By By Shannon Gormley and Lewis and Clark College Class of 2017
Aug 19, 2014 | 3:56 PM
Dining hall food is one of the worst parts of college: It's fucking expensive and mediocre at best. Your school charges you for food they assume you'll steal from them, making it even more of a rip-off. Since you've been preemptively accused of theft, you might as well fill up a few self-supplied takeout containers whenever you make a visit to your dining hall. In fact, it's not even stealing: You're paying for that shit so it's yours.
This extremely well-thought-out philosophy of mine has earned me the haughty title of "Klepto Queen" among my friends. As an obsessive smoothie drinker, my habit began by stashing bananas and spinach in my backpack to throw in my blender the next morning. I realized it was ridiculous to buy groceries when I was already paying for unlimited food, so I started doing most of my grocery shopping at my dining hall. It's like asking your neighbor for a cup of sugar when your neighbor keeps industrial-sized bags of sugar stocked 24/7.
"Shopping" at your dining hall is also a great way to improve your cooking creativity, because it forces you to be flexible. You don't have to be afraid of taking risks because your bill is constant no matter how much food you take, so if your creation winds up inedible, not to worry—just go back and snag more.
Here are two recipes made with ingredients that I am fairly confident can be found in every dining hall (but if you can't find the suggested ingredients, try improvising!). I'm aware that most people on a meal plan don't bring pots, pans, a food processor, and a blender to school with them, so both recipes can be made using just the microwave and freezer or fridge in your building's kitchen.
What you'll need: peanut butter, a spicy or umami sauce of some kind (soy sauce, worcestershire sauce, some kind of spicy chili thing), vegetables that are cut into small or thin pieces (carrots, cucumber, bell pepper, tofu—which is not a vegetable but still delicious), pieces of lettuce that are big enough to hold vegetables (if your salad bar only has chopped lettuce, your school garden might have lettuce and be willing to share. If not, lettuce is cheap. So are spring-roll wrappers, which I actually prefer and which don't spoil easily when left dry).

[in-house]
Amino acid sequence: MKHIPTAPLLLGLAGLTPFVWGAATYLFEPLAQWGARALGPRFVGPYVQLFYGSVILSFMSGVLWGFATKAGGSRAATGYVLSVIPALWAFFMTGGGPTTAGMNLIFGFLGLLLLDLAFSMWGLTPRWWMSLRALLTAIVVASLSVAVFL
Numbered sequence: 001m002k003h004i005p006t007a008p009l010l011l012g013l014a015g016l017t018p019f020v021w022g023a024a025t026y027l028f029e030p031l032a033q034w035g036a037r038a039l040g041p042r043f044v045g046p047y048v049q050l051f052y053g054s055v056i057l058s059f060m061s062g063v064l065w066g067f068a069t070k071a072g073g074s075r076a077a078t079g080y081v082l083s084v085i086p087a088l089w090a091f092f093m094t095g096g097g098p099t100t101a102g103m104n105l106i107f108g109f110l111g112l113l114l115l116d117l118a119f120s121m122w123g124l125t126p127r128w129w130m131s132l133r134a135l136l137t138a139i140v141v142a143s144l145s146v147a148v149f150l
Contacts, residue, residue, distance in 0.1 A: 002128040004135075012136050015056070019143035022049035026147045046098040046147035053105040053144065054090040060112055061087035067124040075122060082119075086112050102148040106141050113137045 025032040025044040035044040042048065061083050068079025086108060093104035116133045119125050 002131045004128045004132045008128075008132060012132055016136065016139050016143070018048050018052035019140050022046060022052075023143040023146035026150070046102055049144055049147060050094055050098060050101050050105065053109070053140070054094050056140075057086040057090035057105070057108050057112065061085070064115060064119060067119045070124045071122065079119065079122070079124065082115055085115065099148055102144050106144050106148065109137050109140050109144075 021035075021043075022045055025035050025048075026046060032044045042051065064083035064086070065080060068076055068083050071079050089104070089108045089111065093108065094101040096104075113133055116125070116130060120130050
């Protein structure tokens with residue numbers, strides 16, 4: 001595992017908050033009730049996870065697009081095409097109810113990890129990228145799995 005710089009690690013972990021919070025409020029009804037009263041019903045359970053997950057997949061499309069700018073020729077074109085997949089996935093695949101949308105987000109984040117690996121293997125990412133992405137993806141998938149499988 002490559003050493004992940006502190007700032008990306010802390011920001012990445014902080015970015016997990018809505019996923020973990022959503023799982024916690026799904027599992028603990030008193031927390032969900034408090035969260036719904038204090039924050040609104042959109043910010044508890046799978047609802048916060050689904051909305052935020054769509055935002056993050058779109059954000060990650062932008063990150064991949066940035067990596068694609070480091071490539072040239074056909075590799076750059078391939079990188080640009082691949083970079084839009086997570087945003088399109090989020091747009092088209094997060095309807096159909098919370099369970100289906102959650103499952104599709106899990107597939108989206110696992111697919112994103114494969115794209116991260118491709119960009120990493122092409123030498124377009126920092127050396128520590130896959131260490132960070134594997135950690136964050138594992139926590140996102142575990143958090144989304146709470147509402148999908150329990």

Back at your dorm, divide up your vegetable mixture into your wraps. Then slowly stir some cold water into your mixture of peanut butter and whatever sauce you found until it's creamy. You could also use peanut sauce as a salad dressing or over noodles with stuff like broccoli and chicken.
LEMONADE FRUIT POPS
What you'll need: a paper takeout cup, 2-3 coffee stirring sticks, lemonade (or some other type of juice), pieces of fruit (strawberries, blueberries, raspberries).
In the dining hall, fill your takeout cup with a couple of inches of lemonade. Put the cup in your kitchen's freezer. Mash up your fruit with a fork so that it's still a little chunky, then mix it into the partially frozen juice. When the mixture is almost frozen but still soft, shove your coffee stirring sticks into the center. One stick will be too flimsy to hold up your fruit pop, so that's why you'll need to stick in a couple (just in the same place as if it's one stick). After it's frozen solid, peel the paper cup away from the pop.
If you can find a chocolate source in your dining hall (my dining hall has chocolate chips as a topping option at our waffle bar), you can also use the takeout cup technique to make chocolate peanut-butter cups. Melt the chocolate in a microwave or on a stove. Pour a layer into the bottom of a takeout cup and let that harden in the fridge or freezer. After it hardens, add a glob of peanut butter. Then drown the peanut butter with more melted chocolate. When the second layer is finished hardening, peel away the cup.